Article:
What sets this book apart is that it gives you the practical information that you don't really get through the CSM course, but rather through (in this case, Mitch's) hard earned experience. Every chapter had something that I could directly relate to, and usually more than one nugget of wisdom that I thought about introducing in a future iteration or project.

Some highlights (among many!)-
1) determining an iteration length. The shorter the iteration, the more opportunity for feedback and course correction.
2) Off-shoring. If you must, then here's what you can do to maximize the chances for success... but be prepared for a tough road ahead!
3) Mixing SCRUM roles. I've done it, but here's why you shouldn't!
4) Engineering best practices- hard to be successful with SCRUM if you don't have the technical practices in order.
5) Story and Task decomposition- some useful techniques and guidelines.
6) How to deal with maintenance work that interrupts your sprint
7) Dealing with technical debt, why is it important?

I found that the book itself was very easy to read. I think the anecdote at the beginning of each chapter is an effective way to get the reader to relate to the topic. You could read the book from start to end, or as I did, jump from chapter to chapter, picking out the topics that are most relevant to your situation.

For those new to SCRUM, having this book is really like having access to an experienced SCRUM trainer/coach to help guide you through the inevitable pitfalls. For those who are experienced with SCRUM, this book has a lot of advanced topics as well as serving as a great reference to the SCRUM fundamentals.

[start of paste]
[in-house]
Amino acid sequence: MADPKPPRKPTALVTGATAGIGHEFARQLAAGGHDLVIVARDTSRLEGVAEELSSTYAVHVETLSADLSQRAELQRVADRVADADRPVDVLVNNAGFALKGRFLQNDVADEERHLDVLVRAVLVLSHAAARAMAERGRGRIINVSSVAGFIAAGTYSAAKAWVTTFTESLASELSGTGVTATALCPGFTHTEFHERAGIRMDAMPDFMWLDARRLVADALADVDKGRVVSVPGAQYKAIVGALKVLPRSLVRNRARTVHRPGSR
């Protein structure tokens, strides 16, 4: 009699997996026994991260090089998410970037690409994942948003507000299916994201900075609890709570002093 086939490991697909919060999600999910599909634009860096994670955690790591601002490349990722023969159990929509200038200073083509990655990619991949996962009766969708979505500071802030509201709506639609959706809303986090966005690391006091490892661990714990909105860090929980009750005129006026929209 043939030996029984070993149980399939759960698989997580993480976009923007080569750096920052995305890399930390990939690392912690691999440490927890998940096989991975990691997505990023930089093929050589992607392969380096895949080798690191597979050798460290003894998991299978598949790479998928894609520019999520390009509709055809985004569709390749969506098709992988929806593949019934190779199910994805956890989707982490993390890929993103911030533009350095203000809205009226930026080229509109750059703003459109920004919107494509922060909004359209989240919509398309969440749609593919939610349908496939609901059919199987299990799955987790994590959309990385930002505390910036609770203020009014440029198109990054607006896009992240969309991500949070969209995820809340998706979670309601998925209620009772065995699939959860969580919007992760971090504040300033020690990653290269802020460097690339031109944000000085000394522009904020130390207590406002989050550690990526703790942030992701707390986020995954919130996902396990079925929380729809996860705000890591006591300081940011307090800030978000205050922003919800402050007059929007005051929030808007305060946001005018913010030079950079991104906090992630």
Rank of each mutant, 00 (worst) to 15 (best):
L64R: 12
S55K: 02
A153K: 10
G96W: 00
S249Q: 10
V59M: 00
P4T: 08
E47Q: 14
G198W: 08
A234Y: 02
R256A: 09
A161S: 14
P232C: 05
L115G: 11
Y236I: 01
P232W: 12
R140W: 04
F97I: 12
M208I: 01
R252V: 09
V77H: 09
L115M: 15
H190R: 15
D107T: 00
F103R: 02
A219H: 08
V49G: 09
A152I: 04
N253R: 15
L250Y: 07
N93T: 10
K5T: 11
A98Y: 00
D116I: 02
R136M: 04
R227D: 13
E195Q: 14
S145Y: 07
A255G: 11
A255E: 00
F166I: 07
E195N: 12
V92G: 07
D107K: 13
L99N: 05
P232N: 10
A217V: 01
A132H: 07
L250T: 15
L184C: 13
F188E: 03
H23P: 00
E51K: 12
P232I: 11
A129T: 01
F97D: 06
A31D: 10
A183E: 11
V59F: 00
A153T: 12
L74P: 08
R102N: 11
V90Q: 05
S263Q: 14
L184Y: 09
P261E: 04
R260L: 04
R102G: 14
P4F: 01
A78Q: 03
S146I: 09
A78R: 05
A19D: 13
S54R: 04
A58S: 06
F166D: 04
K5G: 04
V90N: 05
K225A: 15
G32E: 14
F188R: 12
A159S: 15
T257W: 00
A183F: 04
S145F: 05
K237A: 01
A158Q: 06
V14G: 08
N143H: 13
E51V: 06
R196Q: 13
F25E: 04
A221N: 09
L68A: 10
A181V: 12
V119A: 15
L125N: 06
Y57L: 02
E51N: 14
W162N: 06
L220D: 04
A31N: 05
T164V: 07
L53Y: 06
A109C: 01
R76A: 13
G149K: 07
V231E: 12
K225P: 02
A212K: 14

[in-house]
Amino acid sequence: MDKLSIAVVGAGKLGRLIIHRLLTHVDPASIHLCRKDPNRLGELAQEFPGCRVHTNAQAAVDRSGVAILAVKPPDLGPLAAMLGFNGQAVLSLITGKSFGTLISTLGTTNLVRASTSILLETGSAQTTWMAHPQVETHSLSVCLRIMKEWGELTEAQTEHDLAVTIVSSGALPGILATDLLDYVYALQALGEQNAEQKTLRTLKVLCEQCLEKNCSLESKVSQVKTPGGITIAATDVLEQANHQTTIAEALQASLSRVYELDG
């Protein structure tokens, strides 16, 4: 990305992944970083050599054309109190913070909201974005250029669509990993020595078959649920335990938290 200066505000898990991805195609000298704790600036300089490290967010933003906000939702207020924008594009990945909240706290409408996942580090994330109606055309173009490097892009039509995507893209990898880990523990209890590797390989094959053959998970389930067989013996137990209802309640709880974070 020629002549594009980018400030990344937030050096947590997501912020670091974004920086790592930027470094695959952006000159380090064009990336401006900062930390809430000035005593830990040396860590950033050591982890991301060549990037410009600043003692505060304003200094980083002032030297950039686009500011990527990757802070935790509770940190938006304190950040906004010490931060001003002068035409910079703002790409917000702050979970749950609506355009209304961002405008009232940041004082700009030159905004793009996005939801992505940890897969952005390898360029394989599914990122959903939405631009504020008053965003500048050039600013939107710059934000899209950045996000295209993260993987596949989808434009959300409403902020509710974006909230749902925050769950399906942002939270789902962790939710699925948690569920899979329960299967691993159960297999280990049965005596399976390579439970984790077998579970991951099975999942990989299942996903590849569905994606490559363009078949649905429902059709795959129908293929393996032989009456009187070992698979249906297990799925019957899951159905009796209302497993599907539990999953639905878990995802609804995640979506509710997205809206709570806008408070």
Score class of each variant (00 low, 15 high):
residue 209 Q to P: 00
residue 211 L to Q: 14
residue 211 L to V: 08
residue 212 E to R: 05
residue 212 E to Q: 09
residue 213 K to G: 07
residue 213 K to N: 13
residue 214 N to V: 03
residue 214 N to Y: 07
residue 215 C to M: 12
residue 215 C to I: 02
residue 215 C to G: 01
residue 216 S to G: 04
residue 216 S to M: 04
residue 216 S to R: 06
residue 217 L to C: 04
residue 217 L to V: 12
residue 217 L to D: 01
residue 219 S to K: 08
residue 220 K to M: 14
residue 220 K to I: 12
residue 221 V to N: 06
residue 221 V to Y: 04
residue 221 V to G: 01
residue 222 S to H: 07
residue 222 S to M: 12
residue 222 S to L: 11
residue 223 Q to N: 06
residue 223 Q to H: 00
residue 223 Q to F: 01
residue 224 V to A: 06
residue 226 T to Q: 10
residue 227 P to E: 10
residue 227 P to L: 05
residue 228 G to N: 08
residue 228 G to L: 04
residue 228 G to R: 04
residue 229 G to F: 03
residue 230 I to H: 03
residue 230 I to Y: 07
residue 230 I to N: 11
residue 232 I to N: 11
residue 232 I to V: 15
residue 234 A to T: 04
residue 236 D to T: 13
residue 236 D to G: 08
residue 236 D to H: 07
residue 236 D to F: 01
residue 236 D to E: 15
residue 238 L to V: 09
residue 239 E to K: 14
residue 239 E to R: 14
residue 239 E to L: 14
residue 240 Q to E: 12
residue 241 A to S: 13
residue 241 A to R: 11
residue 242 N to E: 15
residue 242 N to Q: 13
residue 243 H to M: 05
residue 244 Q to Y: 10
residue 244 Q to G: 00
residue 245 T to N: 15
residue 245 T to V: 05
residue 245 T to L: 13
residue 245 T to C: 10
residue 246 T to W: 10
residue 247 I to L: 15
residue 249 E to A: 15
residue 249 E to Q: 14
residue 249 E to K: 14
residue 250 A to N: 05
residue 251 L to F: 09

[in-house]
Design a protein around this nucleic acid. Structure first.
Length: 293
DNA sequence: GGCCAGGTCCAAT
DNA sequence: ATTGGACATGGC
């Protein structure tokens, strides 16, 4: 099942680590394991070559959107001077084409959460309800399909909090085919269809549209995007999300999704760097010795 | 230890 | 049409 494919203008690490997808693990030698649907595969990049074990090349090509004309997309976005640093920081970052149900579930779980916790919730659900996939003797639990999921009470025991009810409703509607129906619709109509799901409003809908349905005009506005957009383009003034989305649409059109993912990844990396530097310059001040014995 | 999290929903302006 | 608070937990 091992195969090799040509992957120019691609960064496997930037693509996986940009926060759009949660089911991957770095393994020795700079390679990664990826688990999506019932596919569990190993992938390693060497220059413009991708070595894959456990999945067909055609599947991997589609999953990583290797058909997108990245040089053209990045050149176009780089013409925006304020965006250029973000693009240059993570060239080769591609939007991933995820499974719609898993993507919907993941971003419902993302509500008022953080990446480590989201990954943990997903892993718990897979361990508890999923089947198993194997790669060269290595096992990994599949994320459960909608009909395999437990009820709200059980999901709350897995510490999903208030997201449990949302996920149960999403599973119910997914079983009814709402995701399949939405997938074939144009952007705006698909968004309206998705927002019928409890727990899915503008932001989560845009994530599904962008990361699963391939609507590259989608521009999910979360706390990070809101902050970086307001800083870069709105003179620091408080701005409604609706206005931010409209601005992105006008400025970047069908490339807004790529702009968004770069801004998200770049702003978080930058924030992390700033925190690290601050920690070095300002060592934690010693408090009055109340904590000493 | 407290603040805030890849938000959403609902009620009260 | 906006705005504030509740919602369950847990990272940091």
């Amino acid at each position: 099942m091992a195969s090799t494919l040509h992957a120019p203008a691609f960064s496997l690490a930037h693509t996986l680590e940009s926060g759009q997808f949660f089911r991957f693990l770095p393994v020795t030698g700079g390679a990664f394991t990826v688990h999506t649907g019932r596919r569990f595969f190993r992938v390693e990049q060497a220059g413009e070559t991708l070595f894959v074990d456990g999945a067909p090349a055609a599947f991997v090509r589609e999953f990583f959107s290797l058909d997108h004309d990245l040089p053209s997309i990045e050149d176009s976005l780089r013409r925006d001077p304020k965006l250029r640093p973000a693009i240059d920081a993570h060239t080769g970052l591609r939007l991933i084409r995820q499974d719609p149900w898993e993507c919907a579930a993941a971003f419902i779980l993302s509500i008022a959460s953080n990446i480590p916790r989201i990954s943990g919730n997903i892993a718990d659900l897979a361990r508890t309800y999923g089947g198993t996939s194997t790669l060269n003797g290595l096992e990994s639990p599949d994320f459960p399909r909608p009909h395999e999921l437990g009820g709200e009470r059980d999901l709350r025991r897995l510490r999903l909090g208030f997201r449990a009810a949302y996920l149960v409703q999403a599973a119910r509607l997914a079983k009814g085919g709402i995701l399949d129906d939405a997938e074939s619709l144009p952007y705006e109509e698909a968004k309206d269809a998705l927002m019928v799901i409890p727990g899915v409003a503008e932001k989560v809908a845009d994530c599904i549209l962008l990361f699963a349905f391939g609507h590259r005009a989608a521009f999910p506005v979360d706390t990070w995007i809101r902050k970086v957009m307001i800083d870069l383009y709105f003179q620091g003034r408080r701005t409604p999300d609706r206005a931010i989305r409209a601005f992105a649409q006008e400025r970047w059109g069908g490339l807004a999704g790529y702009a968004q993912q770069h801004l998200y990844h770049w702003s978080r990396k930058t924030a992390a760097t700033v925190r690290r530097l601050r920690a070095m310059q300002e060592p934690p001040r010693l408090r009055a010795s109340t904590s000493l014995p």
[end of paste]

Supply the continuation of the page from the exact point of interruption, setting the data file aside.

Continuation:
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on June 22, 2013
I first purchased the kindle version of this book for myself and loved it so much that i had to purchase the paperback version for the office.

We are implementing scrum at work so every time someone comes across a problem i give them the book and get them to look up the appropriate chapter. They read the story, usually they have a chuckle over how similar it is to their situation, then read on to the model and keys to success. After that we either make changes straight away or wait for the next retrospective.

The chapters are a very good length so they can be read easily in 5-10 minutes. They are also not really dependent so anyone can pick up the book.

I would highly recommend this book to anyone implementing scrum. This book doesn't cover the theory of scrum (there are plenty of other good books that do that), this book is purely focused on practical advice for when (not if) you come across problems in your scrum team. It is definitely a must have for every scrum team.
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on April 27, 2012
Finally - a well-written book on Scrum that focuses on real practical advice and less on theory. This guide presents Mitch's advice and tips from years of experience, forgoing a lot of the talk on theory that many books already cover, and instead giving loads of recommendations based on real-world situations and learning. It is an enjoyable read from start to finish, and is a book every person practicing Scrum should have on their (virtual) shelf.

The book uses a standard format throughout:
(a) The Story: A fictitious narrative involving a team that is representative of scenarios many of us have experienced. These subsections are written like a novel, and involve characters that are very typical of the people found in software companies. The stories are entertaining, down-to-earth, and eventually lead to a core message that is covered in later sections on practical tips.
(b) The Model: The "What" - practices that you can leverage to be effective at Scrum. An example would be a formula on how to run retrospectives.
(c) Keys to Success: Pragmatic tips and advice for avoiding the issues accounted in the story, to set the team up for success.